A feast of festive flavours

Recovering from exams and reconnecting with family and friends has never been easier with these holiday treats


Most hardworking and underfed students would probably agree that there’s no better way to spread holiday cheer (or any cheer, for that matter) than through a well-prepared festive dish.

While the holiday season includes celebrations of Christmas, Hannukah, Kwanza and so much more, these recipes can be served at any holiday gathering. If you’re unlike me and reasonably competent at following instructions, these recipes should be fairly easy to prepare.

Holidays are best for taking that necessary break from work and school, getting together with loved ones and enjoying these festive foods, so dig in, indulge and worry about the consequences of said consumption later—there’s always the New Year for weight loss resolutions! While food is essential for bringing people together during the holiday season, don’t forget to truly appreciate your family and friend’s company—and making them these mouth-watering foods won’t hurt.

Christmas Cookies

Simple yet tasty, these cookies aren’t your classic chocolate chip but their sugary deliciousness will quell your cravings nonetheless. In addition, if you’re into being creative this recipe will allow you to decorate your cookies any way you want.


3 cups (750 ml) flour
1/2 tsp (2.5 ml) baking powder
1/2 tsp (2.5 ml) nutmeg
1/2 tsp (2.5 ml) salt
1 cup (250 ml) butter
2/3 cup (150 ml) light brown sugar
1/2 cup (125 ml) light corn syrup
2 tsp (10 ml) vanilla extract


Preheat oven to 350F

Whisk together the flour, baking powder, nutmeg and salt.
In another bowl beat the butter with the sugar until light and fluffy. Beat in the corn syrup and vanilla.
On low speed gradually add the flour mixture.
Roll out one piece about 1/4” (0.64 cm) thick. Cut out your shapes and decorate as desired.
Bake for about 8-10 minutes.

—Source: pillsbury.com


A liquid departure from other holiday treats, eggnog is usually served during the Christmas season and can be considered an acquired taste. While I count myself a previous sceptic of this holiday beverage, this recipe quickly changed my mind and I have no doubt it will help sway popular opinion. Is there really any better combination than sugar and alcohol?


16 egg yolks
1-1/3 cups (325 ml) icing sugar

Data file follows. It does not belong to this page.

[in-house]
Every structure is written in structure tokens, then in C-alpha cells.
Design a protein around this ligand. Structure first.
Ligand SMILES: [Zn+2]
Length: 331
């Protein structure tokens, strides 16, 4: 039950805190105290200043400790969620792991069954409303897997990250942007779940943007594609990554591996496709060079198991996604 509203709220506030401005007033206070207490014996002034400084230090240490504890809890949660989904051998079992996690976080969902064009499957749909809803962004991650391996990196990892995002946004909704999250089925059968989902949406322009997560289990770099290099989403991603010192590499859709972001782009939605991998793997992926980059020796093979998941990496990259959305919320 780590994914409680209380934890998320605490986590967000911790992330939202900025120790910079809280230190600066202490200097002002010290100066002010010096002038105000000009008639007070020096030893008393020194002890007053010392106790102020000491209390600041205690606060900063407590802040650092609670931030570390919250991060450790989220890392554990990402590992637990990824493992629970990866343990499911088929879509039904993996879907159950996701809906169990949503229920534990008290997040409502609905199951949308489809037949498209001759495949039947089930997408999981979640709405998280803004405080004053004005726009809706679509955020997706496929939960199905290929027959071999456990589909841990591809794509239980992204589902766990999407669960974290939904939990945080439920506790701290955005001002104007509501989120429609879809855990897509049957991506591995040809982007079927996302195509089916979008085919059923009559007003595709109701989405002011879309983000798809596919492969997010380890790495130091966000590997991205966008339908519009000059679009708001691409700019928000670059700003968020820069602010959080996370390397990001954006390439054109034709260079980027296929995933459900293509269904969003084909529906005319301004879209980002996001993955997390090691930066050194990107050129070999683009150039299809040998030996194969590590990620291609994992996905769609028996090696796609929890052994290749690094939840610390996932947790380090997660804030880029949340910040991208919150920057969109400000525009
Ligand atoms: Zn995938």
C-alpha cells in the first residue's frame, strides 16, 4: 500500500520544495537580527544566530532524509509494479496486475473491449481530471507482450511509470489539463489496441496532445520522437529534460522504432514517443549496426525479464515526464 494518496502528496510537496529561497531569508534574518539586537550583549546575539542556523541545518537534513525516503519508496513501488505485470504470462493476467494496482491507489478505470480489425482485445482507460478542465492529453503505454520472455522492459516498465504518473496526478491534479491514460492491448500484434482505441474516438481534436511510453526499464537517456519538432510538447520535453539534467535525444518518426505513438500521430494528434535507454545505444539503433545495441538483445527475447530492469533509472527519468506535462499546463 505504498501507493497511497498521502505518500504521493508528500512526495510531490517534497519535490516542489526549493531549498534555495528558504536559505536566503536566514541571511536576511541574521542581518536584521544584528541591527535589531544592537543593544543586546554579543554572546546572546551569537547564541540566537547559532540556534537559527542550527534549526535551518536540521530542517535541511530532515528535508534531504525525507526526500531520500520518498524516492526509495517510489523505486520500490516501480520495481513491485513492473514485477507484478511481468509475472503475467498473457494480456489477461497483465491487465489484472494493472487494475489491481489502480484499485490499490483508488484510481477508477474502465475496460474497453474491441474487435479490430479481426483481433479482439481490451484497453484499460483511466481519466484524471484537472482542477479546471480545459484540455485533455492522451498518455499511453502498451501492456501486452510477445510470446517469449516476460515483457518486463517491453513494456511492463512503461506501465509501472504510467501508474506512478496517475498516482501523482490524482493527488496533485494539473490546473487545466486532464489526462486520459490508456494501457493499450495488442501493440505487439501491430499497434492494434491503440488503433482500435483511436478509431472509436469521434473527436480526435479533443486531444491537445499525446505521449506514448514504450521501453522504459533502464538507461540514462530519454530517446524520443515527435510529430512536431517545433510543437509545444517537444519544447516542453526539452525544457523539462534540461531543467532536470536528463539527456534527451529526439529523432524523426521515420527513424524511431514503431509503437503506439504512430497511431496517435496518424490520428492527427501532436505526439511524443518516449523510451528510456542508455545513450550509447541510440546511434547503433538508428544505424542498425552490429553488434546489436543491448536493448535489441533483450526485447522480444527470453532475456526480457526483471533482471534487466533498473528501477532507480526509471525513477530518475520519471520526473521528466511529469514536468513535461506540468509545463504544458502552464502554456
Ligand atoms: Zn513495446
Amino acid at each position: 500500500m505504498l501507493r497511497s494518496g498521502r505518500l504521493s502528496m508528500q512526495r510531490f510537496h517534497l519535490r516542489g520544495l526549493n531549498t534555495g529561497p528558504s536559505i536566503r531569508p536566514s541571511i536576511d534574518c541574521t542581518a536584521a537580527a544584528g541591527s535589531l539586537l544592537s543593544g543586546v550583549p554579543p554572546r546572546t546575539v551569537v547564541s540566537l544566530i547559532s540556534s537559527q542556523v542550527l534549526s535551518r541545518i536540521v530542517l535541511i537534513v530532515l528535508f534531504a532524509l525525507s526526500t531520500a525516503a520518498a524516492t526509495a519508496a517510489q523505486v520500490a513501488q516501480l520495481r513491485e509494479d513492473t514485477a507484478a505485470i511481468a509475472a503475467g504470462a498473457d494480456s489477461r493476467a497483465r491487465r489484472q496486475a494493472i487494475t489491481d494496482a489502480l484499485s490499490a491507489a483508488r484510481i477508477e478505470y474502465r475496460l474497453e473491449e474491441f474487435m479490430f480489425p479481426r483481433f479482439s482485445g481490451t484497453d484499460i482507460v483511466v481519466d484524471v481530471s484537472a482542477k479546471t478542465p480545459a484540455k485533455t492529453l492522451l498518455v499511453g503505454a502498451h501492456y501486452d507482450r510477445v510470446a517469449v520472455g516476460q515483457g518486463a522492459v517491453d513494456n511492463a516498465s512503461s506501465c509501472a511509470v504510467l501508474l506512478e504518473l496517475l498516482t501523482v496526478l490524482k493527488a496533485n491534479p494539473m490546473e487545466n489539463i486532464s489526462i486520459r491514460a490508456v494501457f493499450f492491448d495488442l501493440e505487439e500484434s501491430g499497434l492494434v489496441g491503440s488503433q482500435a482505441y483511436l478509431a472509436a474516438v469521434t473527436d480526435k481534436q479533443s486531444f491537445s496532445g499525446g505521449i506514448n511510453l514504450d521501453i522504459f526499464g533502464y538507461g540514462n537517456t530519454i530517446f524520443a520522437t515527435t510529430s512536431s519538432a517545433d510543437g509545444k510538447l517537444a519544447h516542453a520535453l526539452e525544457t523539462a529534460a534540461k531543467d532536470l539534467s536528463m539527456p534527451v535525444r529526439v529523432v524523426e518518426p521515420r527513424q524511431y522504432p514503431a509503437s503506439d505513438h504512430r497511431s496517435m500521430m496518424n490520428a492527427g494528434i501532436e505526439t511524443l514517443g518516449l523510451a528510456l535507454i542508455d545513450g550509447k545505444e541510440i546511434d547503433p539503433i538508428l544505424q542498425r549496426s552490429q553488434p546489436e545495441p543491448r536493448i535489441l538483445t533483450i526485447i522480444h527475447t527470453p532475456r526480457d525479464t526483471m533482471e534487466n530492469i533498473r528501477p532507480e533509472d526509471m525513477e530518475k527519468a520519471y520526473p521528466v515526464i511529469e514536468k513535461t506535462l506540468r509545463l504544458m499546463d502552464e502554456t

3-3/4 cups (925 ml) milk
3 cups (750 ml) whipping cream
1/2 tsp (2 ml) vanilla
1-1/2 cups (375 ml) bourbon or dark rum or brandy
1/4 tsp (1 ml) nutmeg


In saucepan, whisk egg yolks with sugar until smooth. Whisk in milk and 1/2 cup (125 ml) of the cream; cook over medium heat, stirring and without boiling, until thick enough to coat spoon, 8 to 10 minutes. Remove from heat.
Stir in 3/4 cup (175 ml) of the remaining cream and vanilla; strain into bowl. Cover and refrigerate until chilled, about 30 minutes.
Whisk in bourbon; cover and chill for two hours. Transfer to punch bowl.
In bowl, lightly whip remaining cream; fold into eggnog. Sprinkle with nutmeg.

— Source: canadianliving.com

Hannukah Donuts

Hannukah has many fun foods to offer, like potato latkes, chocolate gelt and Israeli soufganiot. This is a take on the Israeli soufganiot, which is a powdered donut traditionally enjoyed during the eight nights of Hannukah.


1 pound (454 g) prepared pizza dough
3/4 cup (175 ml) sugar
1 1/2 (7.5 ml) teaspoons ground cinnamon or icing sugar
Vegetable oil, for deep-frying
Olive oil, for deep-frying


Roll out the dough on a lightly floured surface to 1/2-inch (1.27 cm) thickness. Using a floured 2-inch cookie cutter, cut out doughnut rounds. Using a floured 1-inch (2.54 cm)cookie cutter, cut out a hole in the center of each doughnut. Gather the dough scraps and reroll. Cut out more doughnuts.
Whisk the sugar and cinnamon in a medium bowl to blend. Set the cinnamon-sugar aside.
Pour equal parts of vegetable oil and olive oil into a large frying pan to reach a depth of 2 inches (5.08 cm). Heat the oil over medium heat until a deep-fry thermometer registers 375 degrees F. Working in batches, fry the doughnuts until they puff but are still pale, about 45 seconds per side. Using a slotted spoon, transfer the doughnuts to paper towels to drain. Cool slightly. While the doughnuts are still warm, generously coat each two times with the cinnamon-sugar or icing sugar. Serve warm.

— Source: foodnetwork.com

Candy Cane Brownies

Who can say no to a brownie? Perfect for a holiday get together, there will be no complaints about this classic favourite.


2/3 cup (150 ml) butter
8 oz (227 g) semisweet chocolate, chopped
4 oz (113 g) unsweetened chocolate, chopped
1-1/2 cups (375 ml) granulated sugar
4 Eggs
2 tsp (10 ml) vanilla
1 cup (250 ml) all purpose flour
1 tsp (5 ml) salt


1/2 cup (125 ml) crushed candy canes
2/3 cup (150 ml) mini chocolate chips


Line 13- x 9-inch (3.5 L) metal cake pan with parchment paper; set aside.
In saucepan over medium-low heat, melt together butter and semisweet and unsweetened chocolates. Let cool for 10 minutes. Whisk in sugar, then eggs, 1 at a time, whisking well after each addition. Whisk in vanilla. Using wooden spoon, stir in flour and salt. Scrape into prepared pan.
Bake in centre of 350°F (180°C) oven until cake tester inserted in centre comes out with a few moist crumbs clinging, 25 to 30 minutes.

Topping: Sprinkle with candy canes, then chocolate chips; return to oven for 30 seconds (do not let topping melt). Let cool in pan on rack. Refrigerate until cold, about 1 hour.

— Source: pillsbury.com

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